Culture and National Cultures

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Definition of culture:

Many people think of culture as national culture which incorporates the idiosyncrasies of a certain race or tribe of people, traditions and methods which have been from generation to generation. Kroeber and Kluckhohn (1985)

Culture is defined more broadly than just national culture, although national culture can not remove from the definition, a fact that will become evident. Culture consists of a group of group of people and contains the values that are significant to the group, be it consciously or otherwise. One clarification that national culture can develop for certain values the importance to this study, but the fact that it is part of national culture is incidental.

However there is a common problem faced by all the theorists researching culture, that it is exceptionally difficult, if not impossible, to precisely define what organizational culture is.

Both Schein (1992:12) and Brown (1998:12) define culture thus:

"[Culture is] A pattern of shared basic assumptions that the group learned as it solved its problems of external adaptation and internal integration, that has worked well enough to be considered valid and, therefore, to be taught to new members as the correct way to perceive, think and feel in relation to those problems." - Schein (1992: 12).

"Organisational culture refers to the pattern of beliefs, values and learned ways of coping with experience that have developed during the course of an organisations history and which, tends to be manifested in its material arrangements and in the behaviour of its members." - Brown (1998: 12).

Hofstede (1985:347:357) has defined culture as being "the collective programming of the mind, which distinguishes the members of one group or category from another". For the purpose of this study, the definition of Schein and Brown will be adopted.

Corporate Culture

Culture can be defined not only at the national level but also at the organisational level. This concept is known as corporate culture. The culture of an organisation defines appropriate behaviour, bond and motivates individuals and asserts solutions where there is ambiguity. It governs the way a company processes information, its internal relations and its values (Hampden-Turner C., 1990, p11)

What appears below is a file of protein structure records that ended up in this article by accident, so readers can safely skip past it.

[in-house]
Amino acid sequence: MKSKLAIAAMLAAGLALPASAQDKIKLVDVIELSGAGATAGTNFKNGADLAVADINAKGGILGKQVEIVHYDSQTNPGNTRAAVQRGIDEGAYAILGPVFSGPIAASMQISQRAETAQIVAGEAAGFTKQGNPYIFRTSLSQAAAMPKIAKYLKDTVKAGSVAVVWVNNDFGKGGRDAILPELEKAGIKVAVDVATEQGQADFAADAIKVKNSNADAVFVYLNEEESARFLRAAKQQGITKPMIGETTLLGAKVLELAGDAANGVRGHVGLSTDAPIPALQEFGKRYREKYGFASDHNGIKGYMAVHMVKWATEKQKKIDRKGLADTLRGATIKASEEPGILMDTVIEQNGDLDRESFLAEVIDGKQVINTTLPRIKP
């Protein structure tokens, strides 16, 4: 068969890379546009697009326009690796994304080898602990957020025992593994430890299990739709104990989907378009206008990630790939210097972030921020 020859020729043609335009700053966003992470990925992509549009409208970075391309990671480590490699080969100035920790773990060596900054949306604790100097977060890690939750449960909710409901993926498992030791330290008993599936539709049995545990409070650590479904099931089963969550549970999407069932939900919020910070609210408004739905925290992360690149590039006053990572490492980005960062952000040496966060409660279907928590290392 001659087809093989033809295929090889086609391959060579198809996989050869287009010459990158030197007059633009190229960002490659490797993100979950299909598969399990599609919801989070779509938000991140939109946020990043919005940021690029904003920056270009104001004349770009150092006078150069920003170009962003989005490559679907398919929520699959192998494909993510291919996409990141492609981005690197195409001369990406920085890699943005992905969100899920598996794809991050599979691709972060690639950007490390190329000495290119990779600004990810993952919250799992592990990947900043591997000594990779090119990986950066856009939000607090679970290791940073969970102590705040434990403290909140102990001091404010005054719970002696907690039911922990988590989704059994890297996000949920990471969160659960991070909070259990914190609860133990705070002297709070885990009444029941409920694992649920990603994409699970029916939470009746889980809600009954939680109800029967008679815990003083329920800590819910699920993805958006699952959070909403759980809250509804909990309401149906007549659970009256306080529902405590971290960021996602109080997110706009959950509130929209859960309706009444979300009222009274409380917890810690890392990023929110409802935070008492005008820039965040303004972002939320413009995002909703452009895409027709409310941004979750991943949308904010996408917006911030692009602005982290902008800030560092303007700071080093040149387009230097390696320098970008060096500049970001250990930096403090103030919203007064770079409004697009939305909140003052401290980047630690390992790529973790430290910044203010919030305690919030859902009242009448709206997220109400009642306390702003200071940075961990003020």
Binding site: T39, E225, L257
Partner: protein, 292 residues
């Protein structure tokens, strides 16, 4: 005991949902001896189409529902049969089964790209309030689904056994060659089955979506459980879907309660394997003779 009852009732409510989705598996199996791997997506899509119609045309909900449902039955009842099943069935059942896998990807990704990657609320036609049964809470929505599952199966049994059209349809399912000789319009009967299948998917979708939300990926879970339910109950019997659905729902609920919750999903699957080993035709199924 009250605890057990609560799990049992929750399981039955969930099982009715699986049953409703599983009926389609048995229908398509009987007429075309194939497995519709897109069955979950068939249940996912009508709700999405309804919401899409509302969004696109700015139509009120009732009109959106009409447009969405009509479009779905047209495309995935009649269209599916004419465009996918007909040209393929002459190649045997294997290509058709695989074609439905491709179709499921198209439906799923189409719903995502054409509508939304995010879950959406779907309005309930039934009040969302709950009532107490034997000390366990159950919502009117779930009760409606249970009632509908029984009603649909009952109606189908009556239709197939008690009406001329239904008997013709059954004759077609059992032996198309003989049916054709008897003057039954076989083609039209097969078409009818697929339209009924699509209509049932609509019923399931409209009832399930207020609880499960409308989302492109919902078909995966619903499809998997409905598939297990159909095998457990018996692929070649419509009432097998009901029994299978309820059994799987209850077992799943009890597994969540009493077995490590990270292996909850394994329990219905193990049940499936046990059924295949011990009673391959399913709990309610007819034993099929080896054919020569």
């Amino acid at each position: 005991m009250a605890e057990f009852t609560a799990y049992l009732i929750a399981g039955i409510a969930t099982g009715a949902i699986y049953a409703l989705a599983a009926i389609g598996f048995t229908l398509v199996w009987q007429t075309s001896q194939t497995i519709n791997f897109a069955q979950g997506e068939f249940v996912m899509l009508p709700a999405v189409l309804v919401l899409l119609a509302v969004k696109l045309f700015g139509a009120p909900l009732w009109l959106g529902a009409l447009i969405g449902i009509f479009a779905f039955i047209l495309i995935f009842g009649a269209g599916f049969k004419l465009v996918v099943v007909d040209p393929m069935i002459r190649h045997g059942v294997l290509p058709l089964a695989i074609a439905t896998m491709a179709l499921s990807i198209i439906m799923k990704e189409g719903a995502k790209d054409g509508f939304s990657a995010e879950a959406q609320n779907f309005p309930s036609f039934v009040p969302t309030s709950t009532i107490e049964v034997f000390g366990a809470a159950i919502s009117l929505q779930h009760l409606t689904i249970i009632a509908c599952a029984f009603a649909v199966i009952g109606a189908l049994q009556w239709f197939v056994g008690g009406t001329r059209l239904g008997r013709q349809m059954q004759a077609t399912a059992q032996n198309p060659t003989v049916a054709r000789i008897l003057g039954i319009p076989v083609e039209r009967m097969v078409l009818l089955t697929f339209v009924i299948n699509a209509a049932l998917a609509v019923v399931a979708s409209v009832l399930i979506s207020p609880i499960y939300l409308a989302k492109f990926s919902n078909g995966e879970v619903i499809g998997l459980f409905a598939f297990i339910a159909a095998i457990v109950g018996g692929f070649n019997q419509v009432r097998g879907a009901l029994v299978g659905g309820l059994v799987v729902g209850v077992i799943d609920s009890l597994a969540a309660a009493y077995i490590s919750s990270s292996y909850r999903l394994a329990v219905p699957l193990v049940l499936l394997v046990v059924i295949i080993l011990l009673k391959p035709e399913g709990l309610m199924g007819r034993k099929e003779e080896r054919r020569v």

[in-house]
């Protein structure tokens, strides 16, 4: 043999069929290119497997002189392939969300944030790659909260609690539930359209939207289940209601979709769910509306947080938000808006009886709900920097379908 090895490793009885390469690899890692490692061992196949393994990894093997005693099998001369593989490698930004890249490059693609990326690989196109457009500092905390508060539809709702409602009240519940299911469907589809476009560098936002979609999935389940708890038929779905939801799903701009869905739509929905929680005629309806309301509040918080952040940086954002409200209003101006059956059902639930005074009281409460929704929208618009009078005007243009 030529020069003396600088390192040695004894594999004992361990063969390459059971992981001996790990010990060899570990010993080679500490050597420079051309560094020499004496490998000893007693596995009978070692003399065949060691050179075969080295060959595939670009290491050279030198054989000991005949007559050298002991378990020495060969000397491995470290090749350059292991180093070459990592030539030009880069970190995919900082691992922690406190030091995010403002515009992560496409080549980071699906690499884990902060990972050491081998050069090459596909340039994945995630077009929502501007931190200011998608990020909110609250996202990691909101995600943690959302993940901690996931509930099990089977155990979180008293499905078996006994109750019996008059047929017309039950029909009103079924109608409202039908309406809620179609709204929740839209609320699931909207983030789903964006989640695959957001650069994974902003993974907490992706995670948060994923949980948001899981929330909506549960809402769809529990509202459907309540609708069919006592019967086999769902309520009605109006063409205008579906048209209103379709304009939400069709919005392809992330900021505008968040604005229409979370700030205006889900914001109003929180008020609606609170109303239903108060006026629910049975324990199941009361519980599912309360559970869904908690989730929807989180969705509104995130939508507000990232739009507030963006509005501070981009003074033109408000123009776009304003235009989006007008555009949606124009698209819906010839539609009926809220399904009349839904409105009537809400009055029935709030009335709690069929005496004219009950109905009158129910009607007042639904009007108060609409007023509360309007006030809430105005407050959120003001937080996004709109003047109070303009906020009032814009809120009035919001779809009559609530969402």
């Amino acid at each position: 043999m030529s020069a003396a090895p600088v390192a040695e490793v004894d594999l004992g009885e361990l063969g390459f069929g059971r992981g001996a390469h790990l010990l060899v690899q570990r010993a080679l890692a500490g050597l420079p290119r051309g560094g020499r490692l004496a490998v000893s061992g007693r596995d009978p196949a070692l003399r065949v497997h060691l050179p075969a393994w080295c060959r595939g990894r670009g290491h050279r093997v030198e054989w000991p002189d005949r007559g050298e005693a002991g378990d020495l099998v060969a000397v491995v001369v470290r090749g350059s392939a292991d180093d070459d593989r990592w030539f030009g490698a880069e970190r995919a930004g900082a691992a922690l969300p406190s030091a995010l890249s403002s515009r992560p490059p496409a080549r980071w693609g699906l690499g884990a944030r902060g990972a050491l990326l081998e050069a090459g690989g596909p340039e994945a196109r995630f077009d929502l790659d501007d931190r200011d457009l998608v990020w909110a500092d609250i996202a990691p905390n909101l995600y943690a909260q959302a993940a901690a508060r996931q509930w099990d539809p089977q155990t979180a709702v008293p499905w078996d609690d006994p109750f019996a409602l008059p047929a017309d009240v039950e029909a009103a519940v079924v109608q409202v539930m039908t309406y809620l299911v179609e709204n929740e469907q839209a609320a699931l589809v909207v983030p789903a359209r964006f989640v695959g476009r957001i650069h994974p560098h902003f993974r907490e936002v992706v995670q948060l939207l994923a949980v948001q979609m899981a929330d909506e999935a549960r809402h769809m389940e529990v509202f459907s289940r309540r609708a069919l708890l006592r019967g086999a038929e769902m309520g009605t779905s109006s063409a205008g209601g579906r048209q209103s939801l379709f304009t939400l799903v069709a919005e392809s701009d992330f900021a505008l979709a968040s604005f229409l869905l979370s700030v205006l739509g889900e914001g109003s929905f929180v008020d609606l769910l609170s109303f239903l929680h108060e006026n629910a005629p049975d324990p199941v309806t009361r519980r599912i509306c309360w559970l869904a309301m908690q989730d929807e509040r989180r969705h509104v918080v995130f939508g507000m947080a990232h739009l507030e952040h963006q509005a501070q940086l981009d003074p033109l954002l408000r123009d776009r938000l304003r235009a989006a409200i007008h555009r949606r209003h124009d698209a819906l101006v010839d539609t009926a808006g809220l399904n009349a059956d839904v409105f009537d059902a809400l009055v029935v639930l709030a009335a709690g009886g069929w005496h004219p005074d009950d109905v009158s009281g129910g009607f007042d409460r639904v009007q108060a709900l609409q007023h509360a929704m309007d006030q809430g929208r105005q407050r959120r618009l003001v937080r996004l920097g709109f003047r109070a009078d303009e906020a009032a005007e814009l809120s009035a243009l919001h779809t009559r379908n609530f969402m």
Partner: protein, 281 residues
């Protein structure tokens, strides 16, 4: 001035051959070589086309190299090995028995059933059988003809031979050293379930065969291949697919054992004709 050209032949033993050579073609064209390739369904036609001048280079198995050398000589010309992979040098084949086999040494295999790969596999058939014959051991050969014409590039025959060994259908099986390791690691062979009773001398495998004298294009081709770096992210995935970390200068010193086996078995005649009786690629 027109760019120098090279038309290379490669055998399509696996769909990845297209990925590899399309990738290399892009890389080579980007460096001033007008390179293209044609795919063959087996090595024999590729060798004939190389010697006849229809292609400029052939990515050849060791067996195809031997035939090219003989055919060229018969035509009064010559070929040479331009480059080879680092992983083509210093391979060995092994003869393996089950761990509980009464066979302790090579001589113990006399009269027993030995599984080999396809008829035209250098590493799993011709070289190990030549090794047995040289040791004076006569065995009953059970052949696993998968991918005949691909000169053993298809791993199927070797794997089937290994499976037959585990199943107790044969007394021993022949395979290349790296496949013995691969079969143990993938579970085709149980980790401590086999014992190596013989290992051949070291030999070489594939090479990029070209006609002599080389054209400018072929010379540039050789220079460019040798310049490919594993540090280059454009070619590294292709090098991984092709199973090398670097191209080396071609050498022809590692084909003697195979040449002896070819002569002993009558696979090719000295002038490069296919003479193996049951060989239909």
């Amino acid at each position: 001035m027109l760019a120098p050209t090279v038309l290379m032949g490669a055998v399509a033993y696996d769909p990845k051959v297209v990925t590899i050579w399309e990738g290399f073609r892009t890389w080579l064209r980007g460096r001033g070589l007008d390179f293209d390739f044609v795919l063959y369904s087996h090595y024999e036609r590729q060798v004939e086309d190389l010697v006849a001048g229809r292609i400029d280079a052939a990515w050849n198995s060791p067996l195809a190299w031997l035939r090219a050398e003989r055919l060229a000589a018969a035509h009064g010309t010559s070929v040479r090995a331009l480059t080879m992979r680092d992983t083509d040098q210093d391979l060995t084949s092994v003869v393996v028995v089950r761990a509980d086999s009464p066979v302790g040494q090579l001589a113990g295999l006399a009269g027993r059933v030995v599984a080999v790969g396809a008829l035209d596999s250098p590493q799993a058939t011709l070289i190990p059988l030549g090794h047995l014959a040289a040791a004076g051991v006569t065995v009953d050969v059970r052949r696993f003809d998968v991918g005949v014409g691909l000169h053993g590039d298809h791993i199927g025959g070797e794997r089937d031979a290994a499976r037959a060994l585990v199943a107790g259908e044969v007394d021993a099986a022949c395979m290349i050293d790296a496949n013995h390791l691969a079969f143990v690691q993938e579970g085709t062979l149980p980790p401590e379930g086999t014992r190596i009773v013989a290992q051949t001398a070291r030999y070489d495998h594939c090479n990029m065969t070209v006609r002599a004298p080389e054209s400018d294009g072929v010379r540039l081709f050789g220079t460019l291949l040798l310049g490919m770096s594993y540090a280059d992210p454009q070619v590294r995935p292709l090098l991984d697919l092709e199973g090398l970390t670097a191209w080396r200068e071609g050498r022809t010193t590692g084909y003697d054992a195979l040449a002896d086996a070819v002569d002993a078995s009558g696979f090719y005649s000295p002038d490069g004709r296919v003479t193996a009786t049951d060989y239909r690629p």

Models of Corporate Culture

There are a whole host of approaches that seek to identify and qualify an organisation's culture. In the main, there are two approaches that theorists use to model or explain organisational culture. These are:

• Qualitative observational analysis, ethnographical study.

• Quantitative analysis, phenomenological study.

Schein (1992:17) also recognises that there are different layers of an organisation's culture, which are illustrated in the Figure 4 below.

ARTEFACTS

Visible organisational structures and processes (hard to decipher)

ESPOUSED VALUES

Strategies, goals, philosophies (espoused justification)

BASIC UNDERLYING ASSUMPTIONS

Unconscious, taken-for-granted beliefs, perceptions, thoughts and feelings

(ultimate source of values and action)

Figure 4: - Schein (1992: 17) Layers of Culture

This type of assessment is a valid approach, but it does not arrive at an overall view of the observed culture and merely provides observations of specific attributes of a culture. Johnson & Scholes (1999:73) make use of similar areas for observation and take it a stage further. They place these observations in context with the physical manifestation of the organisational culture to define what they call 'The Paradigm' of an organisation. The tool they use for this is referred to as a 'Cultural Web'.

"The Cultural Web is a representation of the taken-for-granted assumptions, or paradigm, of an organisation and the physical manifestation of organisational culture." - Johnson & Scholes (1999: 73).

The Cultural Web takes the ideas of Schein (1992:17) and Hofstede (1985:344-357) and merges them into an amorphous collection of cultural indicators that help the organisation understand its complete self.

"It would therefore be a mistake to conceive of the paradigm as merely a set of beliefs and assumptions removed from organisational action. They lie within a Cultural Web which bonds them to the day-to-day action of organisational life." - Johnson & Scholes (1993: 61).

Symbols

Power Structures

Organisa-tional structure

Routines and rituals

Stories

The paradigm

Control Systems

Figure 5: - Johnson & Scholes (1993: 61) Cultural Web

Organizational culture can be defined as the composition consists of opinions, values, attitudes and behaviours models that are useful to describe the character of the organisation members. This system, which can be found in the organization, guides people `s attitudes.